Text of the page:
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CFOs admit major business decisions delayed by lack of timely access to data

CFOs admit major business decisions delayed by lack of timely access to data

This current pace of finance could threaten corporate agility, according to latest global CFO Indicator survey by Adaptive Insights

With shrinking product and innovation cycles—not to mention ever-increasing global competition—these delays can mean the difference between the success or failure of the business

Majority of CFOs (77 per cent) admit major business decisions have been delayed due to stakeholders not having timely access to data.

The decisions impacted are around capital expenditures, resource allocations, and investments, according to the latest CFO Indicator report by cloud performance management provider Adaptive Insights.

The quarterly report was based on the results of an online survey among 271 chief financial officers across the globe in April, says Adaptive Insights.

“With shrinking product and innovation cycles—not to mention ever-increasing global competition—these delays can mean the difference between the success or failure of the business,” according to the report Danger Zone: How the Pace of Finance Threatens Corporate Agility.

Nearly half (47 per cent) of the respondents report it is taking 11-plus days to get reports into the hands of stakeholders, yet they would like it to take no more than five days.

Ad hoc analysis is also taking longer than desired, as 60 per cent of CFOs say this task takes up to five days, and they would like it to take no more than a day.

The report warns that this current pace of finance could threaten corporate agility and provides views on the practices that should be adopted to create a more forward-looking, agile environment.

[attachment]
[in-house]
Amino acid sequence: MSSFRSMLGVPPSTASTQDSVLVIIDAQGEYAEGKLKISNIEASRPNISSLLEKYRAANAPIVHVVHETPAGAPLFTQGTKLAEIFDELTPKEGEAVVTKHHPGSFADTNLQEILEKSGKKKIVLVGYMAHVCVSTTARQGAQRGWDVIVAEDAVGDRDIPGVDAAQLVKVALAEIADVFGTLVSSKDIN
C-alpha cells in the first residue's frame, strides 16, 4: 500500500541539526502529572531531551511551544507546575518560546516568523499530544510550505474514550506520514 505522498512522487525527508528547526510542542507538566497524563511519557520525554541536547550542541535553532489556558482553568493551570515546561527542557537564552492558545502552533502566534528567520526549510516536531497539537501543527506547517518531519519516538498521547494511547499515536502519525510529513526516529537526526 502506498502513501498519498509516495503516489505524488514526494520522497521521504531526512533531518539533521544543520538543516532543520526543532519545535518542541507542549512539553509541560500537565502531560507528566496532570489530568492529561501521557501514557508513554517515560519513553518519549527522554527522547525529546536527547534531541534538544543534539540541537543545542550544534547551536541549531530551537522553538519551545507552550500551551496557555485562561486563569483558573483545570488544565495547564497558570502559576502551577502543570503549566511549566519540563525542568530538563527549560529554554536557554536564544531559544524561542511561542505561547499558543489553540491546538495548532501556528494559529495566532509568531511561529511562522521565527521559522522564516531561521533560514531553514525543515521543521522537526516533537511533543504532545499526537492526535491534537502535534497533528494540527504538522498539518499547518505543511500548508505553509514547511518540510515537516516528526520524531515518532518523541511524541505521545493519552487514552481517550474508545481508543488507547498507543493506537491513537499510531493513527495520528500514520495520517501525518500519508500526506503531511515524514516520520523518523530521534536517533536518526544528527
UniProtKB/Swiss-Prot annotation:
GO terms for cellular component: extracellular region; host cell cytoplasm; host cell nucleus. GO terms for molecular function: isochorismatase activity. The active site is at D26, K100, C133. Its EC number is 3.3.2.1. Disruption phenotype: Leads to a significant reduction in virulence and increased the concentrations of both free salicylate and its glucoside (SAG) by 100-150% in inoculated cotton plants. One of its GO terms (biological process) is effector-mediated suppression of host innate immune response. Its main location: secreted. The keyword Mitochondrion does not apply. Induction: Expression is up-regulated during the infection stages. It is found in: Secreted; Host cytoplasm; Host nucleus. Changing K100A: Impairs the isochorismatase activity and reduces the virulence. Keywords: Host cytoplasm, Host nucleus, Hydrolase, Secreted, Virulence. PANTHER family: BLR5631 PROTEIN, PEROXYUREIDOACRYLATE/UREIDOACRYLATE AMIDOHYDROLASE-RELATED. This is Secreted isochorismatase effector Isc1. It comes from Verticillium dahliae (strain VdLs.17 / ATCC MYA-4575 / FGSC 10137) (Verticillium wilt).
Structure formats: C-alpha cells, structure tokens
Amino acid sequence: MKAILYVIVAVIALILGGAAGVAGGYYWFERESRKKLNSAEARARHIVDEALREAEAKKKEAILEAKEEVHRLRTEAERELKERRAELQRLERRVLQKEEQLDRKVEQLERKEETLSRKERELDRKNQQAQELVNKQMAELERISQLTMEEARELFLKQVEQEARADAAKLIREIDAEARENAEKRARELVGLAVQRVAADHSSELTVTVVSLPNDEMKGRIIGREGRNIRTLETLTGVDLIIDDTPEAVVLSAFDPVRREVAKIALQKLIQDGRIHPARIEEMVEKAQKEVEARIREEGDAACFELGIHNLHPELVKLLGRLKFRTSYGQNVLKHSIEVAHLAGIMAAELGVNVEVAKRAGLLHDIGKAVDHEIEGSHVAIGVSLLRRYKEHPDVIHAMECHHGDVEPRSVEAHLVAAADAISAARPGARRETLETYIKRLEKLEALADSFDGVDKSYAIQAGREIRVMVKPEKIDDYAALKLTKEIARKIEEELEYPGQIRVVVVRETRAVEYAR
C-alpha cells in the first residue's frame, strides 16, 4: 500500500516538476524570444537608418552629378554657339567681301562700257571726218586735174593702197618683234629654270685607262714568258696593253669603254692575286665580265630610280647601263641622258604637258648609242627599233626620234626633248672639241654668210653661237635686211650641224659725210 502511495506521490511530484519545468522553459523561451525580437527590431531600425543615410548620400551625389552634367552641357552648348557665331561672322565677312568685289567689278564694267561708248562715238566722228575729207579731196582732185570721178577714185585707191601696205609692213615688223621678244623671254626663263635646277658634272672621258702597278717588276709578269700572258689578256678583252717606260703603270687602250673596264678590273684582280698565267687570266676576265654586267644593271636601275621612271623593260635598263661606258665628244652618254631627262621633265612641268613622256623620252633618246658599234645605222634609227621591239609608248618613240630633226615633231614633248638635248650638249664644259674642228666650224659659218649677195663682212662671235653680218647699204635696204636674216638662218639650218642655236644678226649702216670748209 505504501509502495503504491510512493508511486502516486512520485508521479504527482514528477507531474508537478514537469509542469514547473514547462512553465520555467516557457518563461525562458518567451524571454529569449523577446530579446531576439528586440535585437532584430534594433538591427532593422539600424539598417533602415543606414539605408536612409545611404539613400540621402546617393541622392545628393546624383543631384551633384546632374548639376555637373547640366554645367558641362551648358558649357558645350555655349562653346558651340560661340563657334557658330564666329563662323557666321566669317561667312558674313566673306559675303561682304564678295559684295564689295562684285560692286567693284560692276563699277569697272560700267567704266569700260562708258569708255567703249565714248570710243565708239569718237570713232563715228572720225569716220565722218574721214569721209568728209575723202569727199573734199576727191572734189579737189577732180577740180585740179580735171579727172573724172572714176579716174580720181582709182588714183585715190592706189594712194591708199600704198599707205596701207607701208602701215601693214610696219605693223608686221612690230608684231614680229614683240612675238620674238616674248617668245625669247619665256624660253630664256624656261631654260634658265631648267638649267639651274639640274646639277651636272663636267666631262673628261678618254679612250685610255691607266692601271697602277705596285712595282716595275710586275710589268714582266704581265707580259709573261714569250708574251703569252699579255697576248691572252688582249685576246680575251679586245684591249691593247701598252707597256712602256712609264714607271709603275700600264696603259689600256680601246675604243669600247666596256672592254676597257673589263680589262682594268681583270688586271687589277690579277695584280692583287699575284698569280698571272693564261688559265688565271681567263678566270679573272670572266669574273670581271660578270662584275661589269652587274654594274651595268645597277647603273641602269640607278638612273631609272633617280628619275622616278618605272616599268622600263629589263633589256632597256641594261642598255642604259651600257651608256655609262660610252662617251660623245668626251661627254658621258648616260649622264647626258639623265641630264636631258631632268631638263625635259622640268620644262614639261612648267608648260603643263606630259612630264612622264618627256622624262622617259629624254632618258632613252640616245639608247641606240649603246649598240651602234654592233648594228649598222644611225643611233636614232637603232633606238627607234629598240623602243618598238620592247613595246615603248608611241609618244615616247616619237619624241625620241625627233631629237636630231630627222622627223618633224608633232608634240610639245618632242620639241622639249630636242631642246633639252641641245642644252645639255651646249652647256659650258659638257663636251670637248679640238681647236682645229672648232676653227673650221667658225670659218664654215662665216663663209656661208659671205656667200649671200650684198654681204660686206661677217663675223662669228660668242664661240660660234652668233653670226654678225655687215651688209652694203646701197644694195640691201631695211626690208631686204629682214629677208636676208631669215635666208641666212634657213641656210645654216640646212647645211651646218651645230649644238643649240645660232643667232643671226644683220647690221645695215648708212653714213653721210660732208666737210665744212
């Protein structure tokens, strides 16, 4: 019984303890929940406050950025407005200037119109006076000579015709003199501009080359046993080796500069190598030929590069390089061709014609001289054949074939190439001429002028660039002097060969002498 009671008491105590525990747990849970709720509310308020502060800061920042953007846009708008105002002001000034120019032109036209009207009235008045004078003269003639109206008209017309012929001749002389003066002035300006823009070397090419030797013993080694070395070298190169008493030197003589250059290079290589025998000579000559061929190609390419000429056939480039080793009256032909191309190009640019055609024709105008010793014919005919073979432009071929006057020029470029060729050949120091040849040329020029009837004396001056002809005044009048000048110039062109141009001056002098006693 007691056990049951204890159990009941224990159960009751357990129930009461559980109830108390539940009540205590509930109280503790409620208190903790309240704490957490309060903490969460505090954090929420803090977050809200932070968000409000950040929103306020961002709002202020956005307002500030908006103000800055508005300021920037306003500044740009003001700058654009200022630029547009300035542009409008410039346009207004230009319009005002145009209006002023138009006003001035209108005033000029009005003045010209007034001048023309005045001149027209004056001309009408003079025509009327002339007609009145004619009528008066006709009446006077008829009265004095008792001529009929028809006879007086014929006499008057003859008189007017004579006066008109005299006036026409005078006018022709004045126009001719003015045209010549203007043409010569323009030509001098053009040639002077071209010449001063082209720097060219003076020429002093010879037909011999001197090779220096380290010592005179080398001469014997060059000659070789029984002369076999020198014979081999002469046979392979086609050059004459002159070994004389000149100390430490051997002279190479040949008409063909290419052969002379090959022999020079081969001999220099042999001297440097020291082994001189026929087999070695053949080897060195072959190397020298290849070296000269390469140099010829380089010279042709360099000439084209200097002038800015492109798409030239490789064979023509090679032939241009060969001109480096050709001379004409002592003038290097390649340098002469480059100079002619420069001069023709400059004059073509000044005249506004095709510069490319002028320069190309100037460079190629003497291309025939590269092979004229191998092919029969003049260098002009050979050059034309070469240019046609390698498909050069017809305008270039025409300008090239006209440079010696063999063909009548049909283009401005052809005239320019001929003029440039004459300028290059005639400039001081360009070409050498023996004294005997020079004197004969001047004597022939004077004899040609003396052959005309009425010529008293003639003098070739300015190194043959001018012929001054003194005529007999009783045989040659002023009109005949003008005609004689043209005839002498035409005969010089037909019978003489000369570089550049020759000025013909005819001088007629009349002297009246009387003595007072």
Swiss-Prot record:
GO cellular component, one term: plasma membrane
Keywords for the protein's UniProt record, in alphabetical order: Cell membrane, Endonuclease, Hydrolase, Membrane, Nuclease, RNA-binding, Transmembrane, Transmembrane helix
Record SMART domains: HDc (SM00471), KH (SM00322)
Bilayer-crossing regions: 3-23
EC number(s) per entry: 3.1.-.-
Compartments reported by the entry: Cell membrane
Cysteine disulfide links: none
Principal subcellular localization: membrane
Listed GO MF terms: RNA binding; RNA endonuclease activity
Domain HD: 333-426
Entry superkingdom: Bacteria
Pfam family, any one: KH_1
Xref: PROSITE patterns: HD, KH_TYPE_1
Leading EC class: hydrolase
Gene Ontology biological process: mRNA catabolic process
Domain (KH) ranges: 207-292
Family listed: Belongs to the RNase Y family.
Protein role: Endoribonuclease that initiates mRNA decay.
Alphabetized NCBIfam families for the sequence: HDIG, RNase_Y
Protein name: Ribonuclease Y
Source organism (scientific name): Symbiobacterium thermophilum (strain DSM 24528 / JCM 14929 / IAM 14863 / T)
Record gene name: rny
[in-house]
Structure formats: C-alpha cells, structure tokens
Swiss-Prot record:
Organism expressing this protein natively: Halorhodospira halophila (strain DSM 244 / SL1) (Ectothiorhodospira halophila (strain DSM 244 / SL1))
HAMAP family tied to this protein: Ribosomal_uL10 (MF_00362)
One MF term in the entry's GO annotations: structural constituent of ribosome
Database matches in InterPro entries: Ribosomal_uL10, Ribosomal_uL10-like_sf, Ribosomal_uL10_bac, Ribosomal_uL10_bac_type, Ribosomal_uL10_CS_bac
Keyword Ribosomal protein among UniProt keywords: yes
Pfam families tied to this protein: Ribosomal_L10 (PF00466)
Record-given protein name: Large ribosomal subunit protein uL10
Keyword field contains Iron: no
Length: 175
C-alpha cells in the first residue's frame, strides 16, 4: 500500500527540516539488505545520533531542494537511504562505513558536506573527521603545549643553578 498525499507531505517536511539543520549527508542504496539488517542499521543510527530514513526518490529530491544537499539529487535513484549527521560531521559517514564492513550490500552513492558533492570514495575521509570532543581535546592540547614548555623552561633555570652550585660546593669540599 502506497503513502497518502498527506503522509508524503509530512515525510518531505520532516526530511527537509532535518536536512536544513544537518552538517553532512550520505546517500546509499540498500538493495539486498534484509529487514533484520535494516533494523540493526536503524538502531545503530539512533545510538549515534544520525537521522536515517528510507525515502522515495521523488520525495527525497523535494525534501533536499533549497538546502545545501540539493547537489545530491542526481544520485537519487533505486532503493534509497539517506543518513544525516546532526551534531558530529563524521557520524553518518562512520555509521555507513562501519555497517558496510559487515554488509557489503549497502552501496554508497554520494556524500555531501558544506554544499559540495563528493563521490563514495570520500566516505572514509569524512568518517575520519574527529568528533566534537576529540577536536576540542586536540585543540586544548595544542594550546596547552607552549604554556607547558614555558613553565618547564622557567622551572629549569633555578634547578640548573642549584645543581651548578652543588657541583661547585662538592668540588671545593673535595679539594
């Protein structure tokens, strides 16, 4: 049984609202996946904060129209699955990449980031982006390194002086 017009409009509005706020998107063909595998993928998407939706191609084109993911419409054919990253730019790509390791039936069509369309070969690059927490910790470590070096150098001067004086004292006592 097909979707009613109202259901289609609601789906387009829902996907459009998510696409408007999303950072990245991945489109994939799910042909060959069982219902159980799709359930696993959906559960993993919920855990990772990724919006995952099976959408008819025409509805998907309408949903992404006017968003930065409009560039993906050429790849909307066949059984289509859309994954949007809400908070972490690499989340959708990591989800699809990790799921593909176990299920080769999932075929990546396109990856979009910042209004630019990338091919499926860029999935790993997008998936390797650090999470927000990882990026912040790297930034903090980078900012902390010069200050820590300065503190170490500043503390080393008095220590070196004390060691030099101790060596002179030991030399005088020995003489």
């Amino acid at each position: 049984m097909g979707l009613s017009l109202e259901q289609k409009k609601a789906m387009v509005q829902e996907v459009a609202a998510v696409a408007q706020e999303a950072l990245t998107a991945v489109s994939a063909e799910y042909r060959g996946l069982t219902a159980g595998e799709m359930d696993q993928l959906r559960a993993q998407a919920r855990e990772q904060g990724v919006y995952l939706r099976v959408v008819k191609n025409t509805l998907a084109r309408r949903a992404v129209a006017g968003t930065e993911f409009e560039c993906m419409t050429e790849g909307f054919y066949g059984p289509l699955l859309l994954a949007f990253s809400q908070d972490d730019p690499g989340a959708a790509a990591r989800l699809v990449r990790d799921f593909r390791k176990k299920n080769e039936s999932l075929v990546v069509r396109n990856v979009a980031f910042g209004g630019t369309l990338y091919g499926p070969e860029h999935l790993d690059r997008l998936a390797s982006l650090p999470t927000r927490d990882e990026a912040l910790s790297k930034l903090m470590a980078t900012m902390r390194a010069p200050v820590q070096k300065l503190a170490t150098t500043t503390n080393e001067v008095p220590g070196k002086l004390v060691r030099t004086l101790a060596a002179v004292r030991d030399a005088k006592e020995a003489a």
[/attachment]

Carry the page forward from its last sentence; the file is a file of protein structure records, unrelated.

“Corporate agility requires that organisations plan for multiple outcomes, particularly as economic conditions become increasingly uncertain, turbulent, and competitive,” says Robert. S. Hull, chairman at Adaptive Insights.

“CFOs can improve their organisations’ agility by accelerating the speed of scenario planning and analysis,” says Hull. “By giving key stakeholders more immediate access to data, finance can dramatically improve decision-making—the key to maximising corporate performance.”

Key findings of the report indicate:

  • Finance teams spend over half (53 per cent) of its time on reporting and data gathering alone. This leaves many organisations looking back at history, rather than forecasting forward.
  • CFOs would like their teams to spend less time on report preparation and data collection (36 per cent) and more time on forecasting and scenario analysis (40 per cent). More and better analysis will lead to improved agility.

 The need for speed 

The desire to move toward a more analytics-driven organisation appears to be impacting CFOs’ decisions when it comes to implementing technology, the report states.

Dashboards and analytics top the list of future purchases, with 45 per cent of CFOs saying they will invest in this type of solution by 2020, followed closely by budgeting and forecasting tools (40 per cent). This indicates CFOs desire to move away from historical reporting, and toward a more forward-looking approach.



Discouragingly, it appears that most organisations continue to depend on point solutions that do not provide the integrated access to data that SaaS solutions can provide.


CFOs report that, on average, only 33 per cent of their organisations’ infrastructure is SaaS today with a desire to get to 60 per cent by 2020. This is virtually unchanged from the CFO Indicator survey a year ago.

“While CFOs want to believe they are agile enough for today’s business climate, admitted delays in decision making due to a lack of timely data will not serve them well in an increasingly volatile and uncertain business climate,” the report states.

“They will need to overcome the time deficits that currently exist in reporting and data collection so that more resources can be allocated to valuable analytics.”

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